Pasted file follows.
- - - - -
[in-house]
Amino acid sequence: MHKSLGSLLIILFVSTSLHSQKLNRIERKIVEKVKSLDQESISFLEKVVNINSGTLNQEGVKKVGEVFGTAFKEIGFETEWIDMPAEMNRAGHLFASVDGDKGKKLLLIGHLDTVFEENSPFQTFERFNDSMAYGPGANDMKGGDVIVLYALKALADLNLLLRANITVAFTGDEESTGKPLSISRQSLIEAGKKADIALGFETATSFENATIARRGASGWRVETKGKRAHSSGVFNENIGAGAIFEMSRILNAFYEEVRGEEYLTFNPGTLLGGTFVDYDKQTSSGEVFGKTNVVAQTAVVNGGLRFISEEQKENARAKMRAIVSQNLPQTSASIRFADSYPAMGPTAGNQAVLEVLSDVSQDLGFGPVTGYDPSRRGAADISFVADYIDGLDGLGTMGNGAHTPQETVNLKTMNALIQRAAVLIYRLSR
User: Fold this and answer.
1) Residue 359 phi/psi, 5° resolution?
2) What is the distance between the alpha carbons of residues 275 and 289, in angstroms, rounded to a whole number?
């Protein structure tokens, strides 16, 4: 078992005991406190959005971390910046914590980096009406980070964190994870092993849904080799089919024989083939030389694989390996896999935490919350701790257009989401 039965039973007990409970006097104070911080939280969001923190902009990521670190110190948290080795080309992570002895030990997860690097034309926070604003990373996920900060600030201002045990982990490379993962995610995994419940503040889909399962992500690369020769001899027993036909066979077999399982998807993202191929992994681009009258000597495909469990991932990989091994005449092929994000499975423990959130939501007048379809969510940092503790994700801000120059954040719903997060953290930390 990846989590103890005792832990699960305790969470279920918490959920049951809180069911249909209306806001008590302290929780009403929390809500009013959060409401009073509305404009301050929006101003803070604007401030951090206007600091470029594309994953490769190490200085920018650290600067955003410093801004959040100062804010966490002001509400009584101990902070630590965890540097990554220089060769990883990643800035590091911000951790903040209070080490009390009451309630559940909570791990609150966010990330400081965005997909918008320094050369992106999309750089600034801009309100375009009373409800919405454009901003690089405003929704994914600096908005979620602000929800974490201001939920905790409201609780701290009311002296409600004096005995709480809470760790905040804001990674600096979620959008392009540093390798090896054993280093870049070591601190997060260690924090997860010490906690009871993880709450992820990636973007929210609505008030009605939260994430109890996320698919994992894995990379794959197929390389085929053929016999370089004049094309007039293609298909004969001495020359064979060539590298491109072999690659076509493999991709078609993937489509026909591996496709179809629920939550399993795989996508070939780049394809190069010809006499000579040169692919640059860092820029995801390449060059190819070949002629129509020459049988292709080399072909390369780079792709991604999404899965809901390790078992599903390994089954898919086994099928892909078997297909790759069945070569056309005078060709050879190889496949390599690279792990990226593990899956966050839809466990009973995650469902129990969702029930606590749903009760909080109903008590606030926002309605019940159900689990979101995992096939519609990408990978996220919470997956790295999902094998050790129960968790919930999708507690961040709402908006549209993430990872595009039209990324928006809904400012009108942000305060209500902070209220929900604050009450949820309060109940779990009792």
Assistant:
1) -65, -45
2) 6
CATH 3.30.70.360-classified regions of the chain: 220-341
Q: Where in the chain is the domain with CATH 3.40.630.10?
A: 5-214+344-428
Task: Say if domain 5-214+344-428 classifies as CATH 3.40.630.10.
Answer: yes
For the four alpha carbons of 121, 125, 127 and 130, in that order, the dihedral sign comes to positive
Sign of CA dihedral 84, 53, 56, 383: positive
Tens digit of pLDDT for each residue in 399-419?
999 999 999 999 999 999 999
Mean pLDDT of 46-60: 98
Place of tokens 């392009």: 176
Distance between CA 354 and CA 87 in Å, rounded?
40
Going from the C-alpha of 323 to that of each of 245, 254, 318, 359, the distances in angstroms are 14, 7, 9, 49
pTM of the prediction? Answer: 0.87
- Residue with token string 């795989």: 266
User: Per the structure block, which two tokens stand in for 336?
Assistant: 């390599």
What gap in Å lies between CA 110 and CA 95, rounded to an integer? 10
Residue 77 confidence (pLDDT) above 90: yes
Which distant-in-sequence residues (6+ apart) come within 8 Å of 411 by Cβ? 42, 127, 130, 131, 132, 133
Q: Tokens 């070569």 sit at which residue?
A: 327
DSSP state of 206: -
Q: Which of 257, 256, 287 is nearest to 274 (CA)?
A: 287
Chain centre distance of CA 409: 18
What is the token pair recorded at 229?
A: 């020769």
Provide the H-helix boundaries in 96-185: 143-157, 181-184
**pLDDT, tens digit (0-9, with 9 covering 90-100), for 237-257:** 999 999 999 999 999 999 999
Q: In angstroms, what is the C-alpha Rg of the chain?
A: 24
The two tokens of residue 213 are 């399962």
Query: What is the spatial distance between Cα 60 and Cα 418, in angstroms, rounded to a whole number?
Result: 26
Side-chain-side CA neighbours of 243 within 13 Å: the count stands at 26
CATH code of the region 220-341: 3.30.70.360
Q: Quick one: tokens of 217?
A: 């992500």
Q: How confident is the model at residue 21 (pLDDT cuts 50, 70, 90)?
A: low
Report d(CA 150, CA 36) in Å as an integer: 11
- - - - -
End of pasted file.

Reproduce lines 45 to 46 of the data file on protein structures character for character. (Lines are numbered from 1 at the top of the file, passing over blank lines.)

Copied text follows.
Result: 26
Side-chain-side CA neighbours of 243 within 13 Å: the count stands at 26